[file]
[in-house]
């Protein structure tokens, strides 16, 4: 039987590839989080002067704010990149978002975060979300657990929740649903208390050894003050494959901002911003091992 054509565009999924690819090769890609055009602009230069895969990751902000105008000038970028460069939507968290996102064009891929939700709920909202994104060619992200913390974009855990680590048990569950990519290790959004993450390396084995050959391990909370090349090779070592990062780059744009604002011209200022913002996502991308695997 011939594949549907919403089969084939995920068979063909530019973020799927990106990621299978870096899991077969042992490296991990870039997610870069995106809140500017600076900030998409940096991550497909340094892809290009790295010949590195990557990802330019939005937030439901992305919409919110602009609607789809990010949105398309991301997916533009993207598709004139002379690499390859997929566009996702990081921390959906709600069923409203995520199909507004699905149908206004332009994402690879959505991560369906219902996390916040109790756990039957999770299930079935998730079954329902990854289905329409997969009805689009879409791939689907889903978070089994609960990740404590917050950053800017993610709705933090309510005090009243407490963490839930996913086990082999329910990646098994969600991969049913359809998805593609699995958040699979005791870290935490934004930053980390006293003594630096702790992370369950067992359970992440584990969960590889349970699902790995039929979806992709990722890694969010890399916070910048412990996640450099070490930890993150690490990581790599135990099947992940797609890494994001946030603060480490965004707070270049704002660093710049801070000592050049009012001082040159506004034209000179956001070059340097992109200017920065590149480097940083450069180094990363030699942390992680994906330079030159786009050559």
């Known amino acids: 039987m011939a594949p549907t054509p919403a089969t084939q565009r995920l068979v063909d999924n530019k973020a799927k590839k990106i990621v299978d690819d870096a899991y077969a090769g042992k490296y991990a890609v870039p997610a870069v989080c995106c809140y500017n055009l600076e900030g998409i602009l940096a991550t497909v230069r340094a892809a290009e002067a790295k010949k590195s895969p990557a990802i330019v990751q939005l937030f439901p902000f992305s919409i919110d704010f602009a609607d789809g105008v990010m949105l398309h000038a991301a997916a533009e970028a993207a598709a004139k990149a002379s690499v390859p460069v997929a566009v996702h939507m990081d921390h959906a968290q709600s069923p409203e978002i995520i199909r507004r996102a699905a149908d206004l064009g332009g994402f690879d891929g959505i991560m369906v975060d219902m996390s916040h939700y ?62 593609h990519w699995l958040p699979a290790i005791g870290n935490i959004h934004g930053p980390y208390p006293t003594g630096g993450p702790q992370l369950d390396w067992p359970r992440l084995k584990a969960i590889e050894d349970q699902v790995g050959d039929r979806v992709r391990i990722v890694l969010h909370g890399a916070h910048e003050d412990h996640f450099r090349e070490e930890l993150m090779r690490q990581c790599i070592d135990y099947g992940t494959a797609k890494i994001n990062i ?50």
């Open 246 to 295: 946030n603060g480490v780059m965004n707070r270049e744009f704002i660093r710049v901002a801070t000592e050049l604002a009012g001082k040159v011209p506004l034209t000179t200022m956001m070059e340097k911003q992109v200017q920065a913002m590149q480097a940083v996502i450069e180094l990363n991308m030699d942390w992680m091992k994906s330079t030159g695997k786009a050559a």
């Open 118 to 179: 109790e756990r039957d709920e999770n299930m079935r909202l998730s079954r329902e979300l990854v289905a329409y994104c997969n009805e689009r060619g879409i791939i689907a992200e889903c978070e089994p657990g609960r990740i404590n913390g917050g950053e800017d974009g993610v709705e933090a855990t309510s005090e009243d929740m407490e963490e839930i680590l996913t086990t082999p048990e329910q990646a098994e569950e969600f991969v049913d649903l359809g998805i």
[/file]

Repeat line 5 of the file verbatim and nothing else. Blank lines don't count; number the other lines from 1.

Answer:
């Open 118 to 179: 109790e756990r039957d709920e999770n299930m079935r909202l998730s079954r329902e979300l990854v289905a329409y994104c997969n009805e689009r060619g879409i791939i689907a992200e889903c978070e089994p657990g609960r990740i404590n913390g917050g950053e800017d974009g993610v709705e933090a855990t309510s005090e009243d929740m407490e963490e839930i680590l996913t086990t082999p048990e329910q990646a098994e569950e969600f991969v049913d649903l359809g998805i």